Fire, Ice, Frost And Comets – A Lesson In Learning?
How we learn is always more complicated than we might imagine. The evocation of ‘fire and ice’ by both poet Robert Frost and, much later, NASA scientist Donald Brownlee, is an example to hand. Science and the arts alike depend for their impact ultimately on imagination and creativity, as well as rigour and formal insights.
Many years ago I was an American Field Service International Scholar, spending my senior high school year in Phoenix Arizona. This was a very ‘different’ experience to any I had had before or since, meeting an enormous range of people not normally encountered in suburban Birmingham England, my family home town at the time.
One of the enormous number of things I learned in Phoenix was the vast variety of interests to be found in a large American high school. And, drilling down from this, I came across a group of enthusiastic young people who Actually Read Poetry – and especially the poetry of Robert Frost, who was born on 26 March 1874 and died in 1963, not that long before I went to the States….. In a way we were perhaps a prototype Dead Poets Society, but with no sting in the tail.
A direct voice
Then a student of science, my knowledge of poetry at the time was (and sadly remains) pretty modest, but Robert Frost’s poems fascinated me. They are direct and elemental – qualities I do not enjoy in American classical music – but also somehow quizzical, which made them very challenging in a gentle sort of way; I was never sure quite what, apart from the pastoral or earthy images, they intended to evoke. And this was especially true of Frost’s Fire and Ice, which I learnt off by heart, and can indeed still quote:
Some say the world will end in fire,
Some say in ice.
From what I’ve tasted of desire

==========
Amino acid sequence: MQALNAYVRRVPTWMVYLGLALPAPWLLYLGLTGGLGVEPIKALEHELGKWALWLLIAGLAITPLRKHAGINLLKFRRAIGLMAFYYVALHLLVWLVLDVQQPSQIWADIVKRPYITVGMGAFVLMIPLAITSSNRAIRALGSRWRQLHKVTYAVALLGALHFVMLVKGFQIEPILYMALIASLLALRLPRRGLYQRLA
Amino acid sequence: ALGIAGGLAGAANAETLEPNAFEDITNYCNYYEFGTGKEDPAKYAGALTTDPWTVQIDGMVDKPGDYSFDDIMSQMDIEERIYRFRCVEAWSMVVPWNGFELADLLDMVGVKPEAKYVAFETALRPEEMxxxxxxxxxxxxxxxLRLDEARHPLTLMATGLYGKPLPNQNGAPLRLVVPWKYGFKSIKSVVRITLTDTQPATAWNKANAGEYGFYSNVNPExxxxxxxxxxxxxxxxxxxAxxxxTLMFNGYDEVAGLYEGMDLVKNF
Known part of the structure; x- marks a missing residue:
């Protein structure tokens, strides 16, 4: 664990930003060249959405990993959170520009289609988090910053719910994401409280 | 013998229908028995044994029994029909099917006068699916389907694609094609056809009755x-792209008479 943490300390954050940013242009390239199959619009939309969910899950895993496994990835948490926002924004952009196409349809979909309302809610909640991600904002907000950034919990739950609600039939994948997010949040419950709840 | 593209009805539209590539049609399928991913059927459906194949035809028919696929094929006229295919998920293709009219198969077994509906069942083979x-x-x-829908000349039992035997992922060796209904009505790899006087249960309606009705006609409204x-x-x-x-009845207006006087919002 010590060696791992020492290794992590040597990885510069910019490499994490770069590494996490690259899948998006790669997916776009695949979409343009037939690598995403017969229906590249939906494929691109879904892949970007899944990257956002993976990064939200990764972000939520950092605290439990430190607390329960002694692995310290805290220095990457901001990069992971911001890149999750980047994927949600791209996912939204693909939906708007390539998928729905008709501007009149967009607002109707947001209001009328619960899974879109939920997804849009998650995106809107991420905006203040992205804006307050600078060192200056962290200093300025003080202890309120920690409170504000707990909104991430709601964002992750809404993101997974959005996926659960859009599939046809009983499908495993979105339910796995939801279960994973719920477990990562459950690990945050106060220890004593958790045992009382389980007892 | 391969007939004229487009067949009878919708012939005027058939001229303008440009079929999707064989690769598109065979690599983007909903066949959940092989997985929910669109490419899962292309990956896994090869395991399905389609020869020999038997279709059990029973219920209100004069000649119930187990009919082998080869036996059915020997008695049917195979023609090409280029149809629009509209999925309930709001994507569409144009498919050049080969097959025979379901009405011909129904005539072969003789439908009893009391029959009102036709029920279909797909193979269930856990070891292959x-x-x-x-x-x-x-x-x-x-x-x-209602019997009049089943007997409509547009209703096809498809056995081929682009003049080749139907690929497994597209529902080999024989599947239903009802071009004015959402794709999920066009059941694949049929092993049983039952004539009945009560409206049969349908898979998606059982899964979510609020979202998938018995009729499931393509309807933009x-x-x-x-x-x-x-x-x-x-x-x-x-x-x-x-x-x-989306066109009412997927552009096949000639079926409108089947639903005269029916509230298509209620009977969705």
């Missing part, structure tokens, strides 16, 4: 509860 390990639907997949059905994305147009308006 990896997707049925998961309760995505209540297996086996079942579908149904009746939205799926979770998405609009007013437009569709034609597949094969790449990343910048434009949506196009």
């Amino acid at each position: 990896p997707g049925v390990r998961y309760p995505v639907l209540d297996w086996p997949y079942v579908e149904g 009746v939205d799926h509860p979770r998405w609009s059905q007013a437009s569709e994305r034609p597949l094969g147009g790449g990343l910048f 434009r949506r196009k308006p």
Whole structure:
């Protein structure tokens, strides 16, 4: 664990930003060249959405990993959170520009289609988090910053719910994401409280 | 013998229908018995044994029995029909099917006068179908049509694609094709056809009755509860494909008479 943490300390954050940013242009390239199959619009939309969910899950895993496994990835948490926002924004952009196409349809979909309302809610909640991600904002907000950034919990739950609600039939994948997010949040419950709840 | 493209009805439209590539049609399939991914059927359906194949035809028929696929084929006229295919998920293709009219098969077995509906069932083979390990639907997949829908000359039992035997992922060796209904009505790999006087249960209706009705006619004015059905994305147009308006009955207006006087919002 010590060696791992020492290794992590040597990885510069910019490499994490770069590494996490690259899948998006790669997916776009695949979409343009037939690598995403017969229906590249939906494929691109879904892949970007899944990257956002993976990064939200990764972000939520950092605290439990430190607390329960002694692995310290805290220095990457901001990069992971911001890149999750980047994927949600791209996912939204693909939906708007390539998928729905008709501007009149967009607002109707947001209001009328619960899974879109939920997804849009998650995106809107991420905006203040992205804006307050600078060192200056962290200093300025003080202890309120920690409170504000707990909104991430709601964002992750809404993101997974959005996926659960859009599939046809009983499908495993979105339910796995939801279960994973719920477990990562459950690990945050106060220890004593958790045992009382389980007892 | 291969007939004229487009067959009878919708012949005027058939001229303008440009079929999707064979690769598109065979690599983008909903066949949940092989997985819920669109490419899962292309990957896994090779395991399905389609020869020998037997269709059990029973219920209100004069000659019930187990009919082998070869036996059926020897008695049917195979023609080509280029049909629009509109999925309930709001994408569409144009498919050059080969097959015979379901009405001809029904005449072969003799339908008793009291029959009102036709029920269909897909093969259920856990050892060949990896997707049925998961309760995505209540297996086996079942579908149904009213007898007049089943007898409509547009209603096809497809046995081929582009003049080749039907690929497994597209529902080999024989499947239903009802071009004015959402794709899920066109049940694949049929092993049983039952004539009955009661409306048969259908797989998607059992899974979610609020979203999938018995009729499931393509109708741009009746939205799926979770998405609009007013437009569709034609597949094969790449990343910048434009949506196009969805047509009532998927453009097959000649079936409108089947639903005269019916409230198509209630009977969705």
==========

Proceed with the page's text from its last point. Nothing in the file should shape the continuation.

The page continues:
I hold with those who favor fire.
But if it had to perish twice,
I think I know enough of hate
To say that for destruction ice
Is also great
And would suffice.
I subsequently discovered that there has been a huge amount of academic and also – engagingly – popular commentary on this poem, but at that time it simply drew me into a world away from the everyday, somewhere unknown and mysterious.
Where science meets art
Given the impression Fire and Ice had on me all those years ago, I was rather startled to read the BBC News online a few days ago, reporting Dr. Donald Brownlee, as chief scientist of the Nasa Stardust mission, on evidence that comets are ‘born of fire as well as ice’.
Immediately I was transported from a murky March day in Liverpool, back some decades past to the excitement of a group of young people in a sunny classroom in Phoenix Arizona, all seeking to understand the meanings, metaphorical and material, of the complex new world into which we were about to emerge as adults.
Frost had written of fire and ice as the future destruction of world; Brownlee spoke of the birth millennia ago of physical pieces of the universe; but the elements they referred to were the same. It seems fleetingly that we are back to the phlogiston philosophers, those earlier seekers after truth, but with an up-to-the-minute twist.
All ideas are creative
Here are modern observers interpreting their experience according to their different professional disciplines, each of them evoking, for me at any rate, striking and thought-provoking images. We all carry our own paradigms as the backdrop to our understandings, but explanations are worth little without imagination to bring them alive.
I may well have been studying science when I was in the States, but Robert Frost’s poems stayed with me at least as strongly as any of the factual lessons I learned.
It would be untrue to say the science left me icy, and the poetry set my imagination on fire. But without doubt in both instances the elemental images have been retained far more strongly than the formal educational input.
Posted on March 19, 2006, in Arts, Culture And Heritage, Education, Health And Welfare, Knowledge Ecology And Economy, People And Places, Politics, Policies And Process, The Journal. Bookmark the permalink. Leave a comment.